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This article in SSSAJ

  1. Vol. 55 No. 6, p. 1767-1773
    Received: Apr 5, 1989

    * Corresponding author(s):
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Kinetics of Weathering in Soils from a Subalpine Watershed

  1. Aaron D. Brown  and
  2. Lanny J. Lund
  1. Marine Science Inst., Univ. of California, Santa Barbara, CA 93106
    Dep. of Soil and Environmental Sciences, Univ. of California, Riverside, CA 92521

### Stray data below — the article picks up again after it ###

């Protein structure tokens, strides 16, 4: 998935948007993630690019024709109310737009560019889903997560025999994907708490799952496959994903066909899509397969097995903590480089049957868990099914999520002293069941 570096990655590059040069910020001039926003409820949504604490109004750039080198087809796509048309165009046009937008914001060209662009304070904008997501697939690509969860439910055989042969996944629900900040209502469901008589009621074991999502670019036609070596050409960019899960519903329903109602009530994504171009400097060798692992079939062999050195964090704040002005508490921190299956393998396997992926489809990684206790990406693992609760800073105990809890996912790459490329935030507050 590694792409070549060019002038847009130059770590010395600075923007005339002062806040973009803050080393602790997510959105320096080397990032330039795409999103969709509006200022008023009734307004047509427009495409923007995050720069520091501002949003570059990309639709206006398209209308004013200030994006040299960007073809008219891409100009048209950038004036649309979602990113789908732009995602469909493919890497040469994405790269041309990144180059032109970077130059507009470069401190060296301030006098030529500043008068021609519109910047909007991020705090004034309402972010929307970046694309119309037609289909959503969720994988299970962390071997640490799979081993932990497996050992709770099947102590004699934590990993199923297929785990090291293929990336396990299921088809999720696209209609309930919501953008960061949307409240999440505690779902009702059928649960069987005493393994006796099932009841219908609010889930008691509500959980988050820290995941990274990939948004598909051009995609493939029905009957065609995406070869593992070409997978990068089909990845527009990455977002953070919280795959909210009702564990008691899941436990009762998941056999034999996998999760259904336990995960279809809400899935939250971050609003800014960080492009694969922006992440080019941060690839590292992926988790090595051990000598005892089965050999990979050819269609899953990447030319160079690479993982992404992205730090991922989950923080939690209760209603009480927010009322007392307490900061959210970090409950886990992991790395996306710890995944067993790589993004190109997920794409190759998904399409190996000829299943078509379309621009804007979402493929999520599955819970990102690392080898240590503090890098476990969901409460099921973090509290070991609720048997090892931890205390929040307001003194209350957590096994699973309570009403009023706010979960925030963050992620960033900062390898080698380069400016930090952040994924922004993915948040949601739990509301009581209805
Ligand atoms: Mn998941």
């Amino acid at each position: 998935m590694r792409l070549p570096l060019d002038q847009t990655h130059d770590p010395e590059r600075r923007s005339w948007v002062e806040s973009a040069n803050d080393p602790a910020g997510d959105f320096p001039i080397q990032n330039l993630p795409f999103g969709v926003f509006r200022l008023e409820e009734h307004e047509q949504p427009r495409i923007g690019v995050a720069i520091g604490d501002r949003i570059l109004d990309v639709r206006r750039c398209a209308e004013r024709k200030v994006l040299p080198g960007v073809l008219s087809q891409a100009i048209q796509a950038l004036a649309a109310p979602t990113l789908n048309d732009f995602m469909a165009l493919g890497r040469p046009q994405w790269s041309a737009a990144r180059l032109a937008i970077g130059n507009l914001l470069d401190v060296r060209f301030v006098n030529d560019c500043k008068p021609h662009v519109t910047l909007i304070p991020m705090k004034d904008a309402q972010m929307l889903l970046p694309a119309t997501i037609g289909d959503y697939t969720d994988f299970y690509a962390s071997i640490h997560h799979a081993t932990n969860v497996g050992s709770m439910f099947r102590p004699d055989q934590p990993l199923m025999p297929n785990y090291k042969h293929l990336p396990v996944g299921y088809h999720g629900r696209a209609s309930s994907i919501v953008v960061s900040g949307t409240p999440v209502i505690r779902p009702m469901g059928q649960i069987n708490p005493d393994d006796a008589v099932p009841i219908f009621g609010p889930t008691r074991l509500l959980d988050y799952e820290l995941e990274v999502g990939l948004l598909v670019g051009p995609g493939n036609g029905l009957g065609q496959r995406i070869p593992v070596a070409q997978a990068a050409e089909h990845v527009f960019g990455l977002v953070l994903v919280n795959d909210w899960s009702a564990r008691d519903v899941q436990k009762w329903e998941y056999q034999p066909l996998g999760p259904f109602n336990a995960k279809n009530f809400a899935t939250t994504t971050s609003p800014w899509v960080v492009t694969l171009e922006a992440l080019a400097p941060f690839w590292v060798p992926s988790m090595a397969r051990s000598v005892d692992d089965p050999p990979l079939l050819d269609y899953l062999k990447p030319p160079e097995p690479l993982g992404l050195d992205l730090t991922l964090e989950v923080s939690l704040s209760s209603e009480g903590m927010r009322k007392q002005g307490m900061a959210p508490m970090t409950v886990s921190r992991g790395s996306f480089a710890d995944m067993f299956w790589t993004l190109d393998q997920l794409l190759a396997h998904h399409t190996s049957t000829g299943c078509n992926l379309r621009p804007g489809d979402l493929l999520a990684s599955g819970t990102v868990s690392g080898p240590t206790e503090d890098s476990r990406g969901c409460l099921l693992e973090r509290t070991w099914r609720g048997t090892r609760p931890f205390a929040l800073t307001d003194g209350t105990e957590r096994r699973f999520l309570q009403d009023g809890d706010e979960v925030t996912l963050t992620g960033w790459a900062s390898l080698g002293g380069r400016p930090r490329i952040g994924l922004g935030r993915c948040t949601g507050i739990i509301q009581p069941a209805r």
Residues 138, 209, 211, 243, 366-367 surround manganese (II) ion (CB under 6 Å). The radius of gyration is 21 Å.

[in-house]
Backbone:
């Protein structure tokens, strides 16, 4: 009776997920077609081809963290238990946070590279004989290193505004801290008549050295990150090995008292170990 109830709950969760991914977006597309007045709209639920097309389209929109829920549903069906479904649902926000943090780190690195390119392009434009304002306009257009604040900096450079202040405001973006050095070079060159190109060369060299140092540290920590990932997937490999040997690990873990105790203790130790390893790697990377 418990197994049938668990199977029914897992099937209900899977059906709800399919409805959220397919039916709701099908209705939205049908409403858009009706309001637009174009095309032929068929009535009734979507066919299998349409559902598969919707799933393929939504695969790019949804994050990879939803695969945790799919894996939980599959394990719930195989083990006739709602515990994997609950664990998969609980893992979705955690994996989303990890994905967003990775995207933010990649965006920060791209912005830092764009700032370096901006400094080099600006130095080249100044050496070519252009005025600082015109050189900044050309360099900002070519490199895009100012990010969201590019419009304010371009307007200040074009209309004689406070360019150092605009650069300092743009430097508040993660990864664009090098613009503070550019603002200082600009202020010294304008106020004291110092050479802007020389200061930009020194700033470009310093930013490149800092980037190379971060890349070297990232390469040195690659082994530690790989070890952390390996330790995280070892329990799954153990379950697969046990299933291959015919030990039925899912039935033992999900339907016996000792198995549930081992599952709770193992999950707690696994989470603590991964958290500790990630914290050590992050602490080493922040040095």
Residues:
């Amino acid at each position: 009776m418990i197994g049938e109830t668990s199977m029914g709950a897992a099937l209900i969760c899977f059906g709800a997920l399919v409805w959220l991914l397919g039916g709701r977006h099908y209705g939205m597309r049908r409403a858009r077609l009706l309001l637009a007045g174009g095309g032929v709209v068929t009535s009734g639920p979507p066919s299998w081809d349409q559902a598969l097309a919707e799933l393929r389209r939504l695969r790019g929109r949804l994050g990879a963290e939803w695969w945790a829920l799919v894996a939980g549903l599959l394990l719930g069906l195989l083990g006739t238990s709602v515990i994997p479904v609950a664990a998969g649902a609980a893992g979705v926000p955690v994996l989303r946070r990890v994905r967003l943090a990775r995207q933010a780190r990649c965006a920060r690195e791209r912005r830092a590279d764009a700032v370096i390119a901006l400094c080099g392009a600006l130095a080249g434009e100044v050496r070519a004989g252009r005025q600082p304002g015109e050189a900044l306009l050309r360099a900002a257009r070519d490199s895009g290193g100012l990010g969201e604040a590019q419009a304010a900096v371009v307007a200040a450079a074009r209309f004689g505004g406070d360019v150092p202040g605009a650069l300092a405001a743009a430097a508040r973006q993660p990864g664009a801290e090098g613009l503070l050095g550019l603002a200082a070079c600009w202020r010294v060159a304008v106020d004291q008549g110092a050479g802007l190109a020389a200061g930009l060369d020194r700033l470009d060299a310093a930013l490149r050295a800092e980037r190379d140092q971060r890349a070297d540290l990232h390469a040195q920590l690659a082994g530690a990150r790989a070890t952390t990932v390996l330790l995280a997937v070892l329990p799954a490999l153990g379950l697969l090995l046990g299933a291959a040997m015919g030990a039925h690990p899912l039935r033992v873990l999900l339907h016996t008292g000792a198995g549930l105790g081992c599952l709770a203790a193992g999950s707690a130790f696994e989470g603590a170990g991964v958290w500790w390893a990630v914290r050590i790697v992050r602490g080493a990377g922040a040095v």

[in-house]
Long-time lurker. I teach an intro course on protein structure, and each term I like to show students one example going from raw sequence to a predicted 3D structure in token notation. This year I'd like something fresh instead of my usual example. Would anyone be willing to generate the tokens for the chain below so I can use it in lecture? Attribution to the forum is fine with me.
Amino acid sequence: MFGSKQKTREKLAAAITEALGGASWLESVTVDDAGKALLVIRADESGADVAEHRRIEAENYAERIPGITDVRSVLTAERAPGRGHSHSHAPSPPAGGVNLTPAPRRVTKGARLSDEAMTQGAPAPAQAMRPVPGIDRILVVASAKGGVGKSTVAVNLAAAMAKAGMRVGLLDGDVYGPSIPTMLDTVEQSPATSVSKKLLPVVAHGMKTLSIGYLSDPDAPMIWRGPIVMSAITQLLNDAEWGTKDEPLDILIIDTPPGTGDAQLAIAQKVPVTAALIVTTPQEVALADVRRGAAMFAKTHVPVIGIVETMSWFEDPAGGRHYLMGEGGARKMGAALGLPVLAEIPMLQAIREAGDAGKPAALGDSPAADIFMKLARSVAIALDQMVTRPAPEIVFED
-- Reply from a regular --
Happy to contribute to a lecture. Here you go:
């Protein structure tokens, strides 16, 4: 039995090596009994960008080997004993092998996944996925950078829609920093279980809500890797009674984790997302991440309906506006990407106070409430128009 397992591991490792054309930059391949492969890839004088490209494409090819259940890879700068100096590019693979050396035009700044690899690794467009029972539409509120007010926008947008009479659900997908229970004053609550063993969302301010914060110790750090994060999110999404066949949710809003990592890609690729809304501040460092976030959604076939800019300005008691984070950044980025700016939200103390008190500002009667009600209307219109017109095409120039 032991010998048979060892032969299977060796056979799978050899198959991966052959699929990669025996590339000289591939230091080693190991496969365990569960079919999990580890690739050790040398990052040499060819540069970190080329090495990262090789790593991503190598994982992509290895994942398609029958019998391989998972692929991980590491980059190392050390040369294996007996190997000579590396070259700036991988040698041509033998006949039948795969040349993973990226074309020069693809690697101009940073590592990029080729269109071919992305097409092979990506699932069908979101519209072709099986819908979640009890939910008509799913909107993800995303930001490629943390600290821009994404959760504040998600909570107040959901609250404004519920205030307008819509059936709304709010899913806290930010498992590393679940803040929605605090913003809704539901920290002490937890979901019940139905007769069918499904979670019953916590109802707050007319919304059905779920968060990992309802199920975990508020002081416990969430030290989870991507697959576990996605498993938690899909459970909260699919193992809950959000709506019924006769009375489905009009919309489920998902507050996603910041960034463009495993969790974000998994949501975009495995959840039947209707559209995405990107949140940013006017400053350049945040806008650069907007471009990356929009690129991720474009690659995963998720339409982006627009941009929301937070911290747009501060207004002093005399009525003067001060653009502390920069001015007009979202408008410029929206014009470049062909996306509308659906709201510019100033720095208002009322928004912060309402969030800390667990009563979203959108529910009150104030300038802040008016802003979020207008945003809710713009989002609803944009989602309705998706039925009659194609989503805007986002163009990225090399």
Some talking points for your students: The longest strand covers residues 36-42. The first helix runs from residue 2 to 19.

Weathering reactions were studied in samples of two subalpine soils from the Emerald Lake Watershed in Sequoia National Park, California (36°35′N, 118°40′W). Rates of weathering were measured as a function of pH and ionic strength. Reaction kinetics were characterized by rapid H+ consumption, and Si, Al3+, Ca2+, and Mg2+ release in the first week. This was followed by a period in which H+ consumption and cation release were a linear function of time for up to 4 wk. Based on reaction stoichiometry and equilibrium calculations, rapid short-term H+ consumption in these soils was related to Al solubility. The rate laws for long-term acid consumption were approximately first order with respect to H+ concentration in the pH range 3 to 5. The consumption of H+ was independent of NaCl concentration. These results indicate that the long-term acid-consumption kinetics of these soils are consistent with a surface-reaction-controlled mechanism. Although the distribution of products was slightly different, the fractional orders of the rate laws for Ca, Si, and Mg release in response to acid addition were similar in these two contrasting soils. Based on reaction rates and solution composition, long-term acid consumption was attributed to weathering of plagioclase or hornblende.

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